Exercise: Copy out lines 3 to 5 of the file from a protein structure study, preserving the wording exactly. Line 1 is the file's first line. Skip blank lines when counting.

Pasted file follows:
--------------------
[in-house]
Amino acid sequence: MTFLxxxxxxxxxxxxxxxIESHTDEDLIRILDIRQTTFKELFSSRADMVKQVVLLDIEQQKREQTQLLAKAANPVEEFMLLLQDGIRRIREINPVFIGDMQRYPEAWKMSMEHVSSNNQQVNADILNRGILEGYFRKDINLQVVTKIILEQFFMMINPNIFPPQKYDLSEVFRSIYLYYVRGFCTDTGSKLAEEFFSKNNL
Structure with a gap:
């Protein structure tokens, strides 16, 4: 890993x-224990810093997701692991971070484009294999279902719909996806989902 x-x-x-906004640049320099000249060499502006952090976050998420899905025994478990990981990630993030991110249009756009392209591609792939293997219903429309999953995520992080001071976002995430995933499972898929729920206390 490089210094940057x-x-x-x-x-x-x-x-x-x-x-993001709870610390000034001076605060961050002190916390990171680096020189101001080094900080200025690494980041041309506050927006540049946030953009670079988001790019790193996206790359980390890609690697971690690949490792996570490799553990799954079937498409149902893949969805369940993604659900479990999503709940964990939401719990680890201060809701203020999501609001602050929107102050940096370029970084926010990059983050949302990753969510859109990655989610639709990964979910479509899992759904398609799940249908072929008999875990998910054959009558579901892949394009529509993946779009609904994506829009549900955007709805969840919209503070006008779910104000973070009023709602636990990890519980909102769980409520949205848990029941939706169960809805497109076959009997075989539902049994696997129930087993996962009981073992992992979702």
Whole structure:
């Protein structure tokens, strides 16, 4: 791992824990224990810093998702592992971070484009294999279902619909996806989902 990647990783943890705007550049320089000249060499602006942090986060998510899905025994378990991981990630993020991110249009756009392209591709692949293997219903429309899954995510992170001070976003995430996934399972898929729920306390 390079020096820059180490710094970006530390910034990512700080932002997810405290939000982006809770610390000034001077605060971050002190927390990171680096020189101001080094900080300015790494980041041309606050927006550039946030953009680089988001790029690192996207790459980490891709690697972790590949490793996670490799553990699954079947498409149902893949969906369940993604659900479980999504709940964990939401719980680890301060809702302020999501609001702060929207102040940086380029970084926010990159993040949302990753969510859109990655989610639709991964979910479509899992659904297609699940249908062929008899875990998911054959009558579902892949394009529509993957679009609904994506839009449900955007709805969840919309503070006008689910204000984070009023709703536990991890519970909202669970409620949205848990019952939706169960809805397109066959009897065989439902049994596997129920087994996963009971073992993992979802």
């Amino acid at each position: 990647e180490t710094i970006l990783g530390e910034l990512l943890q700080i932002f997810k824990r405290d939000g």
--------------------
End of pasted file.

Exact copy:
Structure with a gap:
């Protein structure tokens, strides 16, 4: 890993x-224990810093997701692991971070484009294999279902719909996806989902 x-x-x-906004640049320099000249060499502006952090976050998420899905025994478990990981990630993030991110249009756009392209591609792939293997219903429309999953995520992080001071976002995430995933499972898929729920206390 490089210094940057x-x-x-x-x-x-x-x-x-x-x-993001709870610390000034001076605060961050002190916390990171680096020189101001080094900080200025690494980041041309506050927006540049946030953009670079988001790019790193996206790359980390890609690697971690690949490792996570490799553990799954079937498409149902893949969805369940993604659900479990999503709940964990939401719990680890201060809701203020999501609001602050929107102050940096370029970084926010990059983050949302990753969510859109990655989610639709990964979910479509899992759904398609799940249908072929008999875990998910054959009558579901892949394009529509993946779009609904994506829009549900955007709805969840919209503070006008779910104000973070009023709602636990990890519980909102769980409520949205848990029941939706169960809805497109076959009997075989539902049994696997129930087993996962009981073992992992979702």
Whole structure: